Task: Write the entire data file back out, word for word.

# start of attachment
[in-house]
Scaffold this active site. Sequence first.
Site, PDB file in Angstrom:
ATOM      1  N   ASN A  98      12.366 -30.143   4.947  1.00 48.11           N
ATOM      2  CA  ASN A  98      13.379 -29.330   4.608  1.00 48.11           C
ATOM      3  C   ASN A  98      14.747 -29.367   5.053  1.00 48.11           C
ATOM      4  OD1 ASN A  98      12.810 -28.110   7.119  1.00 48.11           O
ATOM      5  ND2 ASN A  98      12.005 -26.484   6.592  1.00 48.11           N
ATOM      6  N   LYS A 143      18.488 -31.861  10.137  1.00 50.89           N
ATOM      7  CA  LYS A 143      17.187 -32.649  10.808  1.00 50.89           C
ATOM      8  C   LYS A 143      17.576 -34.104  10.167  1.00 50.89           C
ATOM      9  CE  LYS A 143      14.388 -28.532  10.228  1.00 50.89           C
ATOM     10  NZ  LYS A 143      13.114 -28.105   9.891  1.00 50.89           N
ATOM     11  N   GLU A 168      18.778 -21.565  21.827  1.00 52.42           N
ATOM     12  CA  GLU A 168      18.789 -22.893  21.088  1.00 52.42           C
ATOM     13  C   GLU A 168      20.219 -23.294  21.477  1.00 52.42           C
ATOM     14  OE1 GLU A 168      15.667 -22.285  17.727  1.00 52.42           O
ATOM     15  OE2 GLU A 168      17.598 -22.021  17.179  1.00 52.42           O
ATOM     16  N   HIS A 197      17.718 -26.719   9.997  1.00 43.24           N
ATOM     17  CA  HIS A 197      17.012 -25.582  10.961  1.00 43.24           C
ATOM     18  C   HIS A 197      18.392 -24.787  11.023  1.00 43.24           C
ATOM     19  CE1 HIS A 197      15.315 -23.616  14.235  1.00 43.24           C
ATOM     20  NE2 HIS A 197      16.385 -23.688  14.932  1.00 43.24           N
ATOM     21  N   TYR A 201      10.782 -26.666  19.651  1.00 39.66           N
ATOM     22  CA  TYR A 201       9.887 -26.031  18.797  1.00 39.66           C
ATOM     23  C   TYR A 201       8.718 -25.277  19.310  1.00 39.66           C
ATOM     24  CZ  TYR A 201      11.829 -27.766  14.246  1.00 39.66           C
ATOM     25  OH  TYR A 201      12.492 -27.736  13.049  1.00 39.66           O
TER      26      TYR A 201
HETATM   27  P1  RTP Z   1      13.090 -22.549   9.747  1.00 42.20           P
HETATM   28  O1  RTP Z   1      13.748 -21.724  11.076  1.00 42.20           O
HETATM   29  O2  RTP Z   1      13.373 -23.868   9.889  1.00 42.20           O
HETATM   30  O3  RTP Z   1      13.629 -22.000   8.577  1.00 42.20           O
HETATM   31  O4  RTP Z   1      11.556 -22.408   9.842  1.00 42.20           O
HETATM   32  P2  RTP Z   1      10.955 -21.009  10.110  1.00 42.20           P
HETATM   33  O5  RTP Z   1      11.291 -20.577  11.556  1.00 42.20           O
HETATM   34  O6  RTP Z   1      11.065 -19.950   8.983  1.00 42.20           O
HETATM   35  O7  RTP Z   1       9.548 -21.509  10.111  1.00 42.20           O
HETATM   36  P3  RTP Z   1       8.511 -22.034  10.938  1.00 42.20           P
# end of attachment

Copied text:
[in-house]
Scaffold this active site. Sequence first.
Site, PDB file in Angstrom:
ATOM      1  N   ASN A  98      12.366 -30.143   4.947  1.00 48.11           N
ATOM      2  CA  ASN A  98      13.379 -29.330   4.608  1.00 48.11           C
ATOM      3  C   ASN A  98      14.747 -29.367   5.053  1.00 48.11           C
ATOM      4  OD1 ASN A  98      12.810 -28.110   7.119  1.00 48.11           O
ATOM      5  ND2 ASN A  98      12.005 -26.484   6.592  1.00 48.11           N
ATOM      6  N   LYS A 143      18.488 -31.861  10.137  1.00 50.89           N
ATOM      7  CA  LYS A 143      17.187 -32.649  10.808  1.00 50.89           C
ATOM      8  C   LYS A 143      17.576 -34.104  10.167  1.00 50.89           C
ATOM      9  CE  LYS A 143      14.388 -28.532  10.228  1.00 50.89           C
ATOM     10  NZ  LYS A 143      13.114 -28.105   9.891  1.00 50.89           N
ATOM     11  N   GLU A 168      18.778 -21.565  21.827  1.00 52.42           N
ATOM     12  CA  GLU A 168      18.789 -22.893  21.088  1.00 52.42           C
ATOM     13  C   GLU A 168      20.219 -23.294  21.477  1.00 52.42           C
ATOM     14  OE1 GLU A 168      15.667 -22.285  17.727  1.00 52.42           O
ATOM     15  OE2 GLU A 168      17.598 -22.021  17.179  1.00 52.42           O
ATOM     16  N   HIS A 197      17.718 -26.719   9.997  1.00 43.24           N
ATOM     17  CA  HIS A 197      17.012 -25.582  10.961  1.00 43.24           C
ATOM     18  C   HIS A 197      18.392 -24.787  11.023  1.00 43.24           C
ATOM     19  CE1 HIS A 197      15.315 -23.616  14.235  1.00 43.24           C
ATOM     20  NE2 HIS A 197      16.385 -23.688  14.932  1.00 43.24           N
ATOM     21  N   TYR A 201      10.782 -26.666  19.651  1.00 39.66           N
ATOM     22  CA  TYR A 201       9.887 -26.031  18.797  1.00 39.66           C
ATOM     23  C   TYR A 201       8.718 -25.277  19.310  1.00 39.66           C
ATOM     24  CZ  TYR A 201      11.829 -27.766  14.246  1.00 39.66           C
ATOM     25  OH  TYR A 201      12.492 -27.736  13.049  1.00 39.66           O
TER      26      TYR A 201
HETATM   27  P1  RTP Z   1      13.090 -22.549   9.747  1.00 42.20           P
HETATM   28  O1  RTP Z   1      13.748 -21.724  11.076  1.00 42.20           O
HETATM   29  O2  RTP Z   1      13.373 -23.868   9.889  1.00 42.20           O
HETATM   30  O3  RTP Z   1      13.629 -22.000   8.577  1.00 42.20           O
HETATM   31  O4  RTP Z   1      11.556 -22.408   9.842  1.00 42.20           O
HETATM   32  P2  RTP Z   1      10.955 -21.009  10.110  1.00 42.20           P
HETATM   33  O5  RTP Z   1      11.291 -20.577  11.556  1.00 42.20           O
HETATM   34  O6  RTP Z   1      11.065 -19.950   8.983  1.00 42.20           O
HETATM   35  O7  RTP Z   1       9.548 -21.509  10.111  1.00 42.20           O
HETATM   36  P3  RTP Z   1       8.511 -22.034  10.938  1.00 42.20           P